WATCH: Carlos Alcaraz advanced to his first career grass-court semifinal with a straight-sets win over Sebastian Korda.

With Wimbledon just over a week away, the world’s best tennis players are rapidly hoping to sharpen their skills and build confidence in hopes of peaking perfectly for The Championships. Here’s a look a three intriguing grass-court finals set to take place on Sunday, each featuring a vast range of styles, personalities and storylines.

Krejcikova vs. Ostapenko, Birmingham: Past Roland Garros champs are also made for grass

A fascinating style contrast is set for championship Sunday at the Rothesay Classic between past Roland Garros singles champions, Barbora Krejcikova (2021) and Jelena Ostapenko (2017). These two won Roland Garros in vastly different ways. And yet, their respective styles also make both formidable on the grass.

Having generated many results in doubles before stepping up her singles game, world No. 12 Krejcikova is an all-court player, comfortable at mixing up speeds and spins. She’s also smooth when it comes to navigating the transition area. This is Krejcikova’s 10th career singles final (6-3) and second of 2023. That prior effort was incredible, a title run in Dubai highlighted by five wins over players ranked inside the Top 12–Daria Kasatkina (saving four match points), Petra Kvitova, Aryna Sabalenka, Jessica Pegula, and, in the final, a 6-4, 6-2 victory over Iga Swiatek.

The 17th-ranked Ostapenko wins with raw firepower. On grass, she’s also able to move forward to volley when the opportunity presents itself. At Ostapenko’s best, she takes time away from her opponents on a par with such greats as Maria Sharapova and Monica Seles. But the low-margin aspects of Ostapenko’s game can make her matches rollercoaster-like; all four of her Birmingham wins have been three-setters. Nonetheless, she’s at last reached her first final of 2023 and the 14th of her career (5-8). Also boosting Ostapenko’s confidence is that she’s 4-2 versus Krejcikova, including beating her the most recent time they played–last month in Rome.


As well as Krejcikova and Ostapenko can play, neither fared well recently at the scene of past glory. Krejcikova was beaten in the first round of Roland Garros by 66th-ranked Lesia Tsurenko. Ostapenko went out one round later to No. 69, Peyton Stearns. So this Birmingham final offers the chance for each to make a major statement prior to yet another major.

Alcaraz vs. de Minaur in Queen's: Yet another epic?

Given how much delight Carlos Alcaraz takes in the drop shot, how could he resist hitting one now? After all, there he was, in the semis of the Cinch Championships versus Sebastian Korda, one point away from his first ATP grass-court singles final.

But this was not the best of drop shots. It floated deeper and higher than desired. In dashed Korda to strike a backhand down-the-line. His shot, too, was not particularly deep. Alcaraz stood just behind the service line–at which point, he whipped an untouchable, cross-court forehand passing shot to close out a 6-3, 6-4 victory. That simple, right?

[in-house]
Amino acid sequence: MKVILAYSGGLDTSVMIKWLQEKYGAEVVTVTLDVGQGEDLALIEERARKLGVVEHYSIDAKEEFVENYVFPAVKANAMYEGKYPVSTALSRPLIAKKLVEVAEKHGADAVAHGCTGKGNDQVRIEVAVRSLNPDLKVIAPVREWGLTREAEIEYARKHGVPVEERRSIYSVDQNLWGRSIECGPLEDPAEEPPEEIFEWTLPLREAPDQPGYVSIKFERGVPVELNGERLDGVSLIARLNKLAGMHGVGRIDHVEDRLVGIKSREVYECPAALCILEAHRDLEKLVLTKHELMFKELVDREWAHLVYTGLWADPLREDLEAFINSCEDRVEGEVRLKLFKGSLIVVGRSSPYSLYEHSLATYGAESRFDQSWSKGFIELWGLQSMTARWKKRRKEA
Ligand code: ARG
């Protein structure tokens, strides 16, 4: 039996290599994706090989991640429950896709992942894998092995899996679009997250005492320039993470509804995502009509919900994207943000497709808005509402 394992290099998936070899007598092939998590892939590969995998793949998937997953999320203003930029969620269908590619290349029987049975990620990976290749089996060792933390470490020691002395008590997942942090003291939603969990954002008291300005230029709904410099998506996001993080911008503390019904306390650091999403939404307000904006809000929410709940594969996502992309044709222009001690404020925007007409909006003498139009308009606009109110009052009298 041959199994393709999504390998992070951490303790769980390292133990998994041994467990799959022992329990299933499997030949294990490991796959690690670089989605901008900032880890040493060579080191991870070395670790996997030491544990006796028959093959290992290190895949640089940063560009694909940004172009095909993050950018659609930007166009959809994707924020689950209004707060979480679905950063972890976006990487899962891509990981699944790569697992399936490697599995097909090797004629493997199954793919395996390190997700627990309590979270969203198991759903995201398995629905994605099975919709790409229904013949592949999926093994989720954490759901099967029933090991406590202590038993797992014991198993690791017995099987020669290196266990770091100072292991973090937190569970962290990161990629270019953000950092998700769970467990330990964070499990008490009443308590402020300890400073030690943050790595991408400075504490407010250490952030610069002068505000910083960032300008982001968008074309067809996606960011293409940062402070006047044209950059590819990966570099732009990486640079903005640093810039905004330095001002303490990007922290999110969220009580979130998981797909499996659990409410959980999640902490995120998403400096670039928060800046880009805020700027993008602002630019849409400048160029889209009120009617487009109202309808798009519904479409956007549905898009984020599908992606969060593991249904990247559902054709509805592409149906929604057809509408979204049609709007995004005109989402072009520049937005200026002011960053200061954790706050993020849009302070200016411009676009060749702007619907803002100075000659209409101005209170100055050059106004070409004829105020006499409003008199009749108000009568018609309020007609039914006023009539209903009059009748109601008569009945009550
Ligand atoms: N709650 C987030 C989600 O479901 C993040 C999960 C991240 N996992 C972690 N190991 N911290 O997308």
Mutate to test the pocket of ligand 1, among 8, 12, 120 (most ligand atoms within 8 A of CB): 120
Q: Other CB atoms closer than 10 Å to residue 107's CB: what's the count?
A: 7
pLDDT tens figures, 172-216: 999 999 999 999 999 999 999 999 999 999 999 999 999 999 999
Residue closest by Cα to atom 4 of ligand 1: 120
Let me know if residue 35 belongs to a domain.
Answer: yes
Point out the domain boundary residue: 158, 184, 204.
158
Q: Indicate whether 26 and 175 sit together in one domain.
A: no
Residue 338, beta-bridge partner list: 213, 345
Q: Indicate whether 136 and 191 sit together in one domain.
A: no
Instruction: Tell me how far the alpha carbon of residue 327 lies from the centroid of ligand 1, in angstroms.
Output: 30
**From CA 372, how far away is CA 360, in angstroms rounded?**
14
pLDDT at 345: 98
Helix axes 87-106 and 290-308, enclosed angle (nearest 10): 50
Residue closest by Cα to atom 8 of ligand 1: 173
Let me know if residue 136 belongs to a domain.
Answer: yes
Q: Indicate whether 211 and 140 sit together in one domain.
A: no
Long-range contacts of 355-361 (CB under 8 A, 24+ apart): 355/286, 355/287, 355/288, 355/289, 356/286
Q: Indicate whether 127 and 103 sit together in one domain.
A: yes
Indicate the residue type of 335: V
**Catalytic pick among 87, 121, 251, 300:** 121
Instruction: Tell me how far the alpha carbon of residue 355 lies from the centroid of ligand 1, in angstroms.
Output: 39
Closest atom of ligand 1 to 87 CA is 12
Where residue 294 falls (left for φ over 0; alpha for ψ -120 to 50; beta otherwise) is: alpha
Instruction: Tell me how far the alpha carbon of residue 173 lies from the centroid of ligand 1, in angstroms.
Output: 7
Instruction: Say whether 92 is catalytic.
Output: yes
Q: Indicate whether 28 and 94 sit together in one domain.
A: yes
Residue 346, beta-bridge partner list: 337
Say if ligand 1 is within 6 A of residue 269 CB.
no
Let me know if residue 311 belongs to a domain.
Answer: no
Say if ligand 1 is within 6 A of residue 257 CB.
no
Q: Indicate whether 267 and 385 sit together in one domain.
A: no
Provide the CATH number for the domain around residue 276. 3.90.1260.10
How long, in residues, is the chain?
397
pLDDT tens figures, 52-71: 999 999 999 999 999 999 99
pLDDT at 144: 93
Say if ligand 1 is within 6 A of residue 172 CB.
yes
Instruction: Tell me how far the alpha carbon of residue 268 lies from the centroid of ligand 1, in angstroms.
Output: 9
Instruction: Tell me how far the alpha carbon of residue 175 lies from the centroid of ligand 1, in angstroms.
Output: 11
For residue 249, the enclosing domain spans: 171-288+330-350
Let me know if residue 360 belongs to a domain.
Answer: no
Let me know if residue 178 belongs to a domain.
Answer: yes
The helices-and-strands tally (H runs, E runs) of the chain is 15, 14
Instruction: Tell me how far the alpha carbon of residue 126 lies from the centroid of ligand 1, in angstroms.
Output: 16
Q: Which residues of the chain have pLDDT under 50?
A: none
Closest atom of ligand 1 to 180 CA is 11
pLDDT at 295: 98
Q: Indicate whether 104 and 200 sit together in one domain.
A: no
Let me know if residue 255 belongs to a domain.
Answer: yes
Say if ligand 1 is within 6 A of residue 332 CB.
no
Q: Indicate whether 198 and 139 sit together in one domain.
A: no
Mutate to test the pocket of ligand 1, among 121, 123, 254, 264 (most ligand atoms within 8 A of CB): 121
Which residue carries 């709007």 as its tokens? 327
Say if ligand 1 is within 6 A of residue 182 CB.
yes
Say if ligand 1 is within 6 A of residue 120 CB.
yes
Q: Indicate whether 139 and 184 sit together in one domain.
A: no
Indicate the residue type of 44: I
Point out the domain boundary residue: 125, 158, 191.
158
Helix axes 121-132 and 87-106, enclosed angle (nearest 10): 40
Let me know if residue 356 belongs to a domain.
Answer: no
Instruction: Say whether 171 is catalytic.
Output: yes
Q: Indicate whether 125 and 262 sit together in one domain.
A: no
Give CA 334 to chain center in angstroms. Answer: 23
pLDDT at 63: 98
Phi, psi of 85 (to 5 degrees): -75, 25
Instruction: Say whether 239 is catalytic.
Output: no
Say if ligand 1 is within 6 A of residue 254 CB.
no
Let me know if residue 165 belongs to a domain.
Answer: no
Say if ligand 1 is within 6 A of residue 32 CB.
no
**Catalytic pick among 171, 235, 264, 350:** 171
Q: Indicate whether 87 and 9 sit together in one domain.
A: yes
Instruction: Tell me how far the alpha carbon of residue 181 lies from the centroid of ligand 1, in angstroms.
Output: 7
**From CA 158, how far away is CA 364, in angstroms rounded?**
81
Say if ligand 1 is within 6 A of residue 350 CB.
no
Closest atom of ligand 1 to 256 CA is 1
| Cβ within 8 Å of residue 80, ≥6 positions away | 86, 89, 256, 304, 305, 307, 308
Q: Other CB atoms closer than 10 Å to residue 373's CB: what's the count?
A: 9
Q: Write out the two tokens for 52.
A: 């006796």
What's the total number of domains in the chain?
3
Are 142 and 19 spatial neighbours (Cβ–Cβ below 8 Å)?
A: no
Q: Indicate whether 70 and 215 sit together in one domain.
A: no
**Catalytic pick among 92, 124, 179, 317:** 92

Alcaraz’s opponent is 18th-ranked Alex de Minaur, yet another in a long line of gritty Australians. In Saturday’s semi, de Minaur upset second-seeded Holger Rune, 6-3, 7-6(2). It’s fitting that de Minaur is the first Aussie to reach the finals at this tournament since Lleyton Hewitt went that far in 2006. Hewitt has been a mentor for de Minaur, not just as an iconic player, but also because the two have similar playing styles–tenacious all-courters, their flat strokes eminently productive on low-bouncing, fast-moving grass.


Then again, the only time de Minaur and Alcaraz have played one another was a superb clay-court battle. In a three-hour, 40-minute thriller played last year in the semis of Barcelona, the Spaniard fought off two match points before winning 6-7(4), 7-6(4), 6-4. And while Alcaraz has yet to win a grass-court title, de Minaur went the distance at Eastbourne two years ago.

Familiar with both surface and opponent, de Minaur on this occasion has all the pieces in place to feel that he too is a man of destiny and greatness.

Berlin: Let us now praise Petra Kvitova

Many stories have defined 33-year-old Petra Kvitova’s journey. There’s the origins story, of an ambitious Czech seeking to emulate the accomplishments of a compatriot and fellow lefty, Martina Navratilova. There are tales of triumph, including two Wimbledon singles wins (2011, 2014).  And, sadly, there’s also been tragedy; in 2016, Kvitova was the victim of a knife attack that threatened to end far more than her tennis career.

Then there’s the character-revealing anecdote.  The day after her second Wimbledon title run, Kvitova personally cleaned the house she’d rented for the entire tournament.

Kvitova’s unpretentious manner has long made her popular with peers and fans. So naturally, it’s been nice to see Kvitova enjoy a resurgent 2023. She finished 2022 ranked 16th, hardly familiar territory for this frequent Top 10 player who’s gone 30-11 in WTA singles finals. This year’s comeback has been greatly fueled by a title run in Miami.


Now back up to No. 9, Kvitova is eager to win another grass-court title and be as sharp as possible in hopes of yet another great Wimbledon. For even if that last victory happened nearly a decade ago, Kvitova’s crisp, lefty serve and concussive groundstrokes make her a grass-court perennial. In Berlin at the bett1open, Kvitova has yet to lose a set and is 4-1 versus her final opponent, Donna Vekic. Their most recent match came in Miami, with Kvitova winning 6-4, 7-6(3).

Ranked 69th at the end of 2022, Vekic has soared up to a current spot of No. 23 and in Berlin has earned two wins over Top 10 players: reigning Wimbledon champion Elena Rybakina and Maria Sakkari. This is Vekic’s 12th WTA singles final (4-7). Her 2023 ascendance has been highlighted by a title run in Monterrey, capped by a win over No. 5 Caroline Garcia in the final.